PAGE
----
The Path to Redemption Is Not Always Smooth

‘The Path to Redemption Is Not Always Smooth’: Unfortunate Consequences for Unredeemed Investors in the Cayman Islands.

A recent judgment of the Judicial Committee of the Privy Council (‘Privy Council’ or ‘Board’), the ultimate appellate court of the Cayman Islands, has provided certainty for investors and insolvency practitioners alike with respect to the enforceability and priority to be afforded to investors’ claims for unpaid redemption proceeds in the winding up of Cayman Islands investment funds. The judgment has, however, given rise to rise to commercially unfortunate results in that the effects of a mis-stated NAV now appear capable of being perpetuated in a winding up, regardless of the fund’s ability (or inability as the case may be) to lawfully make payment of redemption proceeds prior to the commencement of liquidation.

The Privy Council decision is the most recent in the ongoing liquidation proceedings of Herald Fund SPC (‘Herald’). Herald was, in terms of its constituent documents at least, a fairly typical Cayman Islands domiciled open-ended mutual fund, often referred to as a ‘hedge fund’. However, as explained below, Herald’s sole investment turned out to be a substantial investment in the Madoff Ponzi scheme and Herald ultimately ended up in official liquidation in the Cayman Islands.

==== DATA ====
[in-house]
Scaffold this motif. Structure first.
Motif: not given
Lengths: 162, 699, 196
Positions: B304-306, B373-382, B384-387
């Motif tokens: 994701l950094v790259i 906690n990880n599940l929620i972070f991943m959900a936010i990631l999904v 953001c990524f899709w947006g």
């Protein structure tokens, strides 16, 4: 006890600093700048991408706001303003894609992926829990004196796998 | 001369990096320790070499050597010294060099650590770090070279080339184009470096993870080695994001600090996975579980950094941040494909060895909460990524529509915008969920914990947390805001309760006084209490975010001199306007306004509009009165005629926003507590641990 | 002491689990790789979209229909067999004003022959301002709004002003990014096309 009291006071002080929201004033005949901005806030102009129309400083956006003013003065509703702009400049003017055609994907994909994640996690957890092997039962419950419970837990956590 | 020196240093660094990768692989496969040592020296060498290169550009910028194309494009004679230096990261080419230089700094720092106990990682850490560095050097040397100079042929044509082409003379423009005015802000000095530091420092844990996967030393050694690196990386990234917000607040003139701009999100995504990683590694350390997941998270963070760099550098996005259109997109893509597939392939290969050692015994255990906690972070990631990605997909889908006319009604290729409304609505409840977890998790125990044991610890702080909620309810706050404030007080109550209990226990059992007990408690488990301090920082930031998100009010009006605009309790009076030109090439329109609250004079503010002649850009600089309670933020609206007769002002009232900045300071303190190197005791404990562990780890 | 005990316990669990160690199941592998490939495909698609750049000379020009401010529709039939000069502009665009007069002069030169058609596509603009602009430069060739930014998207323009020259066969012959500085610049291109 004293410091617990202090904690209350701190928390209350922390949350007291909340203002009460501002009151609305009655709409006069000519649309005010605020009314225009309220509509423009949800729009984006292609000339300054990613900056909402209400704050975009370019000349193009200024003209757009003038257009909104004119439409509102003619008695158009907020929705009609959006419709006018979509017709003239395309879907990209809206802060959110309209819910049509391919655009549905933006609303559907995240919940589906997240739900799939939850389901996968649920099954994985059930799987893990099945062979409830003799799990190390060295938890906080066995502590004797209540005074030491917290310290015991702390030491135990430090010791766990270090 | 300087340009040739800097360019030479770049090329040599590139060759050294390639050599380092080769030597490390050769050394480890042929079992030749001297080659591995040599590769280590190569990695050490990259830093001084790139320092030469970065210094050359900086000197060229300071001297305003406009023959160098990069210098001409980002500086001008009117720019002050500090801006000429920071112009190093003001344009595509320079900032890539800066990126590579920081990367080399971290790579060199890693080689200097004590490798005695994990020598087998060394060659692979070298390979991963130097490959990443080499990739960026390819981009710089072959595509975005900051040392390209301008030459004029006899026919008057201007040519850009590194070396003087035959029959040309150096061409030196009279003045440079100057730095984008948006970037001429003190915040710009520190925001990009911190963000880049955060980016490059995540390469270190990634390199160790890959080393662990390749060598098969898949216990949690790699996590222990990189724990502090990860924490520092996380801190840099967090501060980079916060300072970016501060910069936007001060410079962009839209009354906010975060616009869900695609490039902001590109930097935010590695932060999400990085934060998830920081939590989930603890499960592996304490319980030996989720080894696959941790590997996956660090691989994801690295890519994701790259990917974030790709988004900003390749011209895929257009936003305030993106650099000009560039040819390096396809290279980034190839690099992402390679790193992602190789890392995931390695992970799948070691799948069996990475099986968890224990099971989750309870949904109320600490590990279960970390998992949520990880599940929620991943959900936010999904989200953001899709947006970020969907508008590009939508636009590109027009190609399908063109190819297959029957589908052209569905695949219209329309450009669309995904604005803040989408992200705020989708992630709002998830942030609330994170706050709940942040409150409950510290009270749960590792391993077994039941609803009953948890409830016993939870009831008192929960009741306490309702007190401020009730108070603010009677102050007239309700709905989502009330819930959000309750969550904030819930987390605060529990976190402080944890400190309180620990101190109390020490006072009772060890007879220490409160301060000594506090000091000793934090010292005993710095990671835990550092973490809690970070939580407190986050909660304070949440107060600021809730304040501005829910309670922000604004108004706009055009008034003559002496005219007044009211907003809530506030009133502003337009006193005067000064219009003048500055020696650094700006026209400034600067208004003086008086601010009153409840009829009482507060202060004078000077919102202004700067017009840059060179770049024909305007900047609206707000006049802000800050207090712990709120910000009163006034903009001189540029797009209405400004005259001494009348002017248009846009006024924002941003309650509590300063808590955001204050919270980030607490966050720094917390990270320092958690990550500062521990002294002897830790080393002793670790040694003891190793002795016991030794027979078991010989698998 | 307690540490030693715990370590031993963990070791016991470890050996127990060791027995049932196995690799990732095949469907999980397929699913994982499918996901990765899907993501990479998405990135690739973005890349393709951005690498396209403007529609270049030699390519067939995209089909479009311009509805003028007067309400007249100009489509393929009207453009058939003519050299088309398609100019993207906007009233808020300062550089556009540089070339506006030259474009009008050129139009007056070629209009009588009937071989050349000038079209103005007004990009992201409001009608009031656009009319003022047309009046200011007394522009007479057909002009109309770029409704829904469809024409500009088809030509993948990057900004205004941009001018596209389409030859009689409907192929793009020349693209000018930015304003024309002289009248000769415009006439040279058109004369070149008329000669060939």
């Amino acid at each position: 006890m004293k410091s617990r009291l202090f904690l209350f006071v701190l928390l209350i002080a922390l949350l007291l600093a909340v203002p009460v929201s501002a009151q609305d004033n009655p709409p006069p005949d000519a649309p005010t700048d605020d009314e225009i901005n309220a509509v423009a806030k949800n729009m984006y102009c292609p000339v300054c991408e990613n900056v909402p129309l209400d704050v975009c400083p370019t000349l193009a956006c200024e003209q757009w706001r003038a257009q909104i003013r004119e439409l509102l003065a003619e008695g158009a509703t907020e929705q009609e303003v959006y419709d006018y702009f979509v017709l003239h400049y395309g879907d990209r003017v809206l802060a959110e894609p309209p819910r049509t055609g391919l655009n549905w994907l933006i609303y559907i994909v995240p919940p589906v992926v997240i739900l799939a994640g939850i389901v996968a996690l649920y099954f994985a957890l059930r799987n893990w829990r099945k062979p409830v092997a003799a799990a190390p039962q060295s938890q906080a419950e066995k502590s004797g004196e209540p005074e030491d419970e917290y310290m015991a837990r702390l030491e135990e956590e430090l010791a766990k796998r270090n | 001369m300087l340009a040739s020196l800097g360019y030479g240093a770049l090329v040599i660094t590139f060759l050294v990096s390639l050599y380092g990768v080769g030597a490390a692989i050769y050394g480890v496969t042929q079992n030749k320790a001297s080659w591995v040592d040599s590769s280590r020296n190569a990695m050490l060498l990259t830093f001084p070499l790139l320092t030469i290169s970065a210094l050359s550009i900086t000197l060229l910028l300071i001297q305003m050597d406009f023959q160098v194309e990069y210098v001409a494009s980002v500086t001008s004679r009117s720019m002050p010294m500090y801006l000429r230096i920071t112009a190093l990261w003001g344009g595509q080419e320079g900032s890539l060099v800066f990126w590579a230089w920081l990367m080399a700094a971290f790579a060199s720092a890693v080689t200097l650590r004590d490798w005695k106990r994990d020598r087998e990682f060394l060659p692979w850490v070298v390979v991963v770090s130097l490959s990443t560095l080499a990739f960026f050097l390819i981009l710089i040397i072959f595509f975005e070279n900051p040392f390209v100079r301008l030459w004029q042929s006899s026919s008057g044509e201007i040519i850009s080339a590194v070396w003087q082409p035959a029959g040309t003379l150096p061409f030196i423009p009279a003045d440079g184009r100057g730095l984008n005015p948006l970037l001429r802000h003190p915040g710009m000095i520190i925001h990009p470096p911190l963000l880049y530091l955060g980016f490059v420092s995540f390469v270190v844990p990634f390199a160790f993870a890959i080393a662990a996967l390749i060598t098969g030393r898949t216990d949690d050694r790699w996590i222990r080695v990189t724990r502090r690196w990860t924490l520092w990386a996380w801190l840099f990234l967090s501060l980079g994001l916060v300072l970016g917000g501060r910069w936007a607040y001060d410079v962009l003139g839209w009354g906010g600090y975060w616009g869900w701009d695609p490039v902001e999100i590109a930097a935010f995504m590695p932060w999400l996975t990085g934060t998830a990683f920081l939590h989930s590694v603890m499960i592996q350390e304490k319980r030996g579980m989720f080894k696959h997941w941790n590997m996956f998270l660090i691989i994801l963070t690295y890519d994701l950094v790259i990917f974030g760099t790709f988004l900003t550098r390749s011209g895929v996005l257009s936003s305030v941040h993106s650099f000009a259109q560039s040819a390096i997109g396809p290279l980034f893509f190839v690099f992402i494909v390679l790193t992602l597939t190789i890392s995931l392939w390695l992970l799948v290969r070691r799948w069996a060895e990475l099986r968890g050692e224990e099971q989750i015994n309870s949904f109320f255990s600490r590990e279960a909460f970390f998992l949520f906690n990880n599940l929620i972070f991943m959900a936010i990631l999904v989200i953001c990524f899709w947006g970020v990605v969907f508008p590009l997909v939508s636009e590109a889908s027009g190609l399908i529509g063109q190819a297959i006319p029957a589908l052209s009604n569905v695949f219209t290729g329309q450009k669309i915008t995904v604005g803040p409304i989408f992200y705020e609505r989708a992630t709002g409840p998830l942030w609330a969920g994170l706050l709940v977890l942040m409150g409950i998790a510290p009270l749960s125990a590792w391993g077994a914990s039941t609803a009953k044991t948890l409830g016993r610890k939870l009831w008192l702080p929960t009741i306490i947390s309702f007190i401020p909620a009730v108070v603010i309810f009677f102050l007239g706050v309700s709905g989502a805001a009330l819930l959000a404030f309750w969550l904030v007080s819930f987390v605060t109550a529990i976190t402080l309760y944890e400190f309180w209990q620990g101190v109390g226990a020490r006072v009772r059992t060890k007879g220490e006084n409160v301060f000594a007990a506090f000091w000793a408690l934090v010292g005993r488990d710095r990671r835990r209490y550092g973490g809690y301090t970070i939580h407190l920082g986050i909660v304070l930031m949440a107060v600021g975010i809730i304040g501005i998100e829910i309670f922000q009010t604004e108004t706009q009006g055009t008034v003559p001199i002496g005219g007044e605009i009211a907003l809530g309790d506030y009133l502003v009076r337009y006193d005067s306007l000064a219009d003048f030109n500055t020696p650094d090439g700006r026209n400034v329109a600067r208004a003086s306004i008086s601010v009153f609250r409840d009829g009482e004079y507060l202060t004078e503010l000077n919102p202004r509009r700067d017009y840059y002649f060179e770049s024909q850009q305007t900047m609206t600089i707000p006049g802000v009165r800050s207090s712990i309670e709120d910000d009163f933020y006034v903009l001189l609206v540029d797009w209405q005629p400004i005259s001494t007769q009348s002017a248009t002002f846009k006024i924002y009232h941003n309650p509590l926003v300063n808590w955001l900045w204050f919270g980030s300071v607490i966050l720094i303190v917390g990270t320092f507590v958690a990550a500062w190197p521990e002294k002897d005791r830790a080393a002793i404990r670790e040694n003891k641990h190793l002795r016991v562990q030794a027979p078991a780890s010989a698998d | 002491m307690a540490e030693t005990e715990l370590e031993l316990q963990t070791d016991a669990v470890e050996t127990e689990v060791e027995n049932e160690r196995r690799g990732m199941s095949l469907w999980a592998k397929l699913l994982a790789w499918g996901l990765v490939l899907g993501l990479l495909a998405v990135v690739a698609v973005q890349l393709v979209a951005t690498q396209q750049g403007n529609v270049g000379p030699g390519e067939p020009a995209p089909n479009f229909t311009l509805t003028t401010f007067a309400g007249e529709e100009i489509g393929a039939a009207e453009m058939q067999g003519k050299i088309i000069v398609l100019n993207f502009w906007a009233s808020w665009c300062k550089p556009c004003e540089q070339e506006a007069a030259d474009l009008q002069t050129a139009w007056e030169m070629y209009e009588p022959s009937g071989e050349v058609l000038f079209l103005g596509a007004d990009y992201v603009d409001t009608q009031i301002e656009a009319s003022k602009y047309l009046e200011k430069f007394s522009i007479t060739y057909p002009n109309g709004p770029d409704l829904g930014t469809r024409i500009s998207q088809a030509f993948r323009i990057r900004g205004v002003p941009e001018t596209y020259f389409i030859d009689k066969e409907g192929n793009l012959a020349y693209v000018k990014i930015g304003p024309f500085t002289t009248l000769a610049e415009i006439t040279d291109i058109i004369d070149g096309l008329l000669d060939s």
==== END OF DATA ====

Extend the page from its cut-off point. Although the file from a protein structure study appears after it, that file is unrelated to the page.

This aspect of the proceedings involved an important point of statutory construction, namely how section 7(7) of the Companies Law operates in the factual context of Herald which involved claims to significant unpaid redemption proceeds which were sought to be enforced several years after the discovery of the Ponzi scheme and which with the benefit of hindsight were clearly based on a mis-stated NAV. The outcome of the proceedings is highly material to Herald’s various categories of stakeholders (the redemption claims being valued at almost USD 200m). The issue is one that has rarely confronted the Grand Court in any detail and certainly this was the first time it had been considered at the highest appellate level.

 

This article first appeared in Volume 14, Issue 6 of International Corporate Rescue and is reprinted with the permission of Chase Cambria Publishing - www.chasecambria.com

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